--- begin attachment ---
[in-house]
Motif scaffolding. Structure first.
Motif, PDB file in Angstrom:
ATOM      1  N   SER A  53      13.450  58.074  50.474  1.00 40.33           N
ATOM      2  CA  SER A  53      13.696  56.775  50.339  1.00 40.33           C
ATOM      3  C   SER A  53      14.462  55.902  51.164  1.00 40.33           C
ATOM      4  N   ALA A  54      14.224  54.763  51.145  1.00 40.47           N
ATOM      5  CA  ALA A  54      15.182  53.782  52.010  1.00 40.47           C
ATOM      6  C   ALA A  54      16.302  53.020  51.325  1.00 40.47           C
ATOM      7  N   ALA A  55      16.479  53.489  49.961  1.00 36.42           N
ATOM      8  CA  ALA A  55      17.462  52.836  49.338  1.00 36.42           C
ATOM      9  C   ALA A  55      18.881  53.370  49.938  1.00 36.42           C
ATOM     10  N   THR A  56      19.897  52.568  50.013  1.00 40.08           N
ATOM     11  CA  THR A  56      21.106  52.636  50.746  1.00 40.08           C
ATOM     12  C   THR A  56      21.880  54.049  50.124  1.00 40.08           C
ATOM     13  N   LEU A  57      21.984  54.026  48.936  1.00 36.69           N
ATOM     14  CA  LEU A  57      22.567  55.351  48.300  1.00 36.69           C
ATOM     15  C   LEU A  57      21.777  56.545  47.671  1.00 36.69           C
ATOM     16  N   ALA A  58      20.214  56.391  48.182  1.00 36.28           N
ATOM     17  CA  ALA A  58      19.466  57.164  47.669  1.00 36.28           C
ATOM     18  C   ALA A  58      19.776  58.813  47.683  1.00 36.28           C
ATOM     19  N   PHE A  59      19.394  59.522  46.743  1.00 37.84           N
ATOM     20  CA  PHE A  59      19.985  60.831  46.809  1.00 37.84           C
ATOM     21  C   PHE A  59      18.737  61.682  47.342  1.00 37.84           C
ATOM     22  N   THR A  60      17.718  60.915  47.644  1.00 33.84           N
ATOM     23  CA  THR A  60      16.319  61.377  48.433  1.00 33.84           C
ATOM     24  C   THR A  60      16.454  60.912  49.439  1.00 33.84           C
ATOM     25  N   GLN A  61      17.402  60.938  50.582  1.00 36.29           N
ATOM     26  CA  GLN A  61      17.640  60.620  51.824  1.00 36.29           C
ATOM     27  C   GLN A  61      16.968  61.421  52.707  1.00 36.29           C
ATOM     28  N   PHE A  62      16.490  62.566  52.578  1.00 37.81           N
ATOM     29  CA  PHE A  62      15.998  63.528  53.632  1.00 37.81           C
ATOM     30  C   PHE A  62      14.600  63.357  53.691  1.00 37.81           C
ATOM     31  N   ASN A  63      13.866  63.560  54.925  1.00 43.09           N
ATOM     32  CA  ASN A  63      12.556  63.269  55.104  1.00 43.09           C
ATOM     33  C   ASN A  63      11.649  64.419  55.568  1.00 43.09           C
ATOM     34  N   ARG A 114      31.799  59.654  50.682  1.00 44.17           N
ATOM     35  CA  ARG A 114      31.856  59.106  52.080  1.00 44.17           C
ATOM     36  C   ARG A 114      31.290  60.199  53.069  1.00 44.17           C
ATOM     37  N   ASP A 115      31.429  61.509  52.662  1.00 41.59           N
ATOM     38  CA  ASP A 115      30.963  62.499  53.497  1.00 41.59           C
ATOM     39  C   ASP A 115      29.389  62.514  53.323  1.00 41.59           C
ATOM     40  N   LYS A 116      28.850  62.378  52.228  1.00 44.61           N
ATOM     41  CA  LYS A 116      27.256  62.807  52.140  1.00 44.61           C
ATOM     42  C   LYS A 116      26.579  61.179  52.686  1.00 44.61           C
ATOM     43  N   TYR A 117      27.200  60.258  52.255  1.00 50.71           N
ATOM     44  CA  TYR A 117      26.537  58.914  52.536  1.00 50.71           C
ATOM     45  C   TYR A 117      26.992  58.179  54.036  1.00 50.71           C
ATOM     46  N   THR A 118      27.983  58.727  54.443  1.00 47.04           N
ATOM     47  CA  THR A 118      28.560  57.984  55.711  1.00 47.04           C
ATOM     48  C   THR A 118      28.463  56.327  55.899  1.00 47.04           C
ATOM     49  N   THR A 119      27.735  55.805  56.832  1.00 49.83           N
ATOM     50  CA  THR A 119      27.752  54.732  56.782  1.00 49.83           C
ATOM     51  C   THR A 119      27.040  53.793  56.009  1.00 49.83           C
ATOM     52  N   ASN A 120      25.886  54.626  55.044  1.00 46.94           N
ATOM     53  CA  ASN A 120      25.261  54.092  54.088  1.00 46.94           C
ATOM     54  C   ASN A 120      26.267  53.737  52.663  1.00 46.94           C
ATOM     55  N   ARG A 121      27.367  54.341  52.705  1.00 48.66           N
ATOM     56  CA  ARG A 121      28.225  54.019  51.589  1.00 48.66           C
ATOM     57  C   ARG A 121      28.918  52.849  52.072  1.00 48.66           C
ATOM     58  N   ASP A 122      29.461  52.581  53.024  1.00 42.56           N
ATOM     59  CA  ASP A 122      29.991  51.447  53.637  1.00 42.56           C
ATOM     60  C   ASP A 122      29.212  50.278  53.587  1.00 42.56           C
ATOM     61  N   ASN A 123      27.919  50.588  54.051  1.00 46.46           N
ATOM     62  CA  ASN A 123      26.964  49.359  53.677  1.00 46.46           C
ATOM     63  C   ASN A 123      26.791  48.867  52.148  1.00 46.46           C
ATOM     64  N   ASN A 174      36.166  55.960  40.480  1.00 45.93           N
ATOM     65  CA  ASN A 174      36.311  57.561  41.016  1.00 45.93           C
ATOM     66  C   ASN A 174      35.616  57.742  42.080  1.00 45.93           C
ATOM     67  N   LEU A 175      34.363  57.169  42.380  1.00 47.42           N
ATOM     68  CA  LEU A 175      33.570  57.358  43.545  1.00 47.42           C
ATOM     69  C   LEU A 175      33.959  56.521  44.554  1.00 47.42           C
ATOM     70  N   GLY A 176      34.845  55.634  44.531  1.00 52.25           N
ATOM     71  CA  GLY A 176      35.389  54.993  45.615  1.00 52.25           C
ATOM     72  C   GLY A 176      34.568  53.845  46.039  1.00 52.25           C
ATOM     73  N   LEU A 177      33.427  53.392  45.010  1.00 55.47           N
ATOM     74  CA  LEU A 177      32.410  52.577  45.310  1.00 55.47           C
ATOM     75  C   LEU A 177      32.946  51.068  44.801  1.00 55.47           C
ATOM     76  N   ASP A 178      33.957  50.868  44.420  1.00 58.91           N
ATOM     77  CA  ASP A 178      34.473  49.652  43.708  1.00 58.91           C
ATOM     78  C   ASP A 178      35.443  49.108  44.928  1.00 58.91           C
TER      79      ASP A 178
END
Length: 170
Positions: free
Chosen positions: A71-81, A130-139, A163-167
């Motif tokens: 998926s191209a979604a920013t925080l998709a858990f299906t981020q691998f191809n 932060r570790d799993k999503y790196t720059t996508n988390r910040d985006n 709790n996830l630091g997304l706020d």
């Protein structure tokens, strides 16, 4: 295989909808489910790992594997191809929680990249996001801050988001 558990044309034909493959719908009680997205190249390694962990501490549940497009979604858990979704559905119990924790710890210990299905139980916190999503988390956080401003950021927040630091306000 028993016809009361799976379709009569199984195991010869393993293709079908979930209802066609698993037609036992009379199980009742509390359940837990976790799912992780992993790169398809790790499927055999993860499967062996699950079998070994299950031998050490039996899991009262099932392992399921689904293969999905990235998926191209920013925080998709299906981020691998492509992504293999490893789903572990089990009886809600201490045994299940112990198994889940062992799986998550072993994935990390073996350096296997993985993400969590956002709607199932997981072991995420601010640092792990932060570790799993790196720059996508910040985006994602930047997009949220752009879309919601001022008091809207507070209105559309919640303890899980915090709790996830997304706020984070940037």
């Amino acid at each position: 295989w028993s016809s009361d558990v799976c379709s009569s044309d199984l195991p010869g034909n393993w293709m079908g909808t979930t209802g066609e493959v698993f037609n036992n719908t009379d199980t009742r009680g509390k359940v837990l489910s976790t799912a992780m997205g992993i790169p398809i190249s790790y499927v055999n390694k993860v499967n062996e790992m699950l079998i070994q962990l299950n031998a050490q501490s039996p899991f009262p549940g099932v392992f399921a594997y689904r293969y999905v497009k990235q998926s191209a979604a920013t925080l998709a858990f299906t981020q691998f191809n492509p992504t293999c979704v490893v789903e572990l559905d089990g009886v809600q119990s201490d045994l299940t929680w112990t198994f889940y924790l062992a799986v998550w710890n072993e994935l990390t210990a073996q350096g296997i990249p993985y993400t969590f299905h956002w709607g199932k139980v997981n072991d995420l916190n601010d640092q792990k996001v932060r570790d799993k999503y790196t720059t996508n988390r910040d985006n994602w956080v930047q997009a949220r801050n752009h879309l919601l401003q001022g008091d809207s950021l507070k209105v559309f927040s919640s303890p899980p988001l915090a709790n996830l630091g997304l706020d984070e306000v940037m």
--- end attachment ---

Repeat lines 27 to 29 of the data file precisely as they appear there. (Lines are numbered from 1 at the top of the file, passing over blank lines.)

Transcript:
ATOM     24  C   THR A  60      16.454  60.912  49.439  1.00 33.84           C
ATOM     25  N   GLN A  61      17.402  60.938  50.582  1.00 36.29           N
ATOM     26  CA  GLN A  61      17.640  60.620  51.824  1.00 36.29           C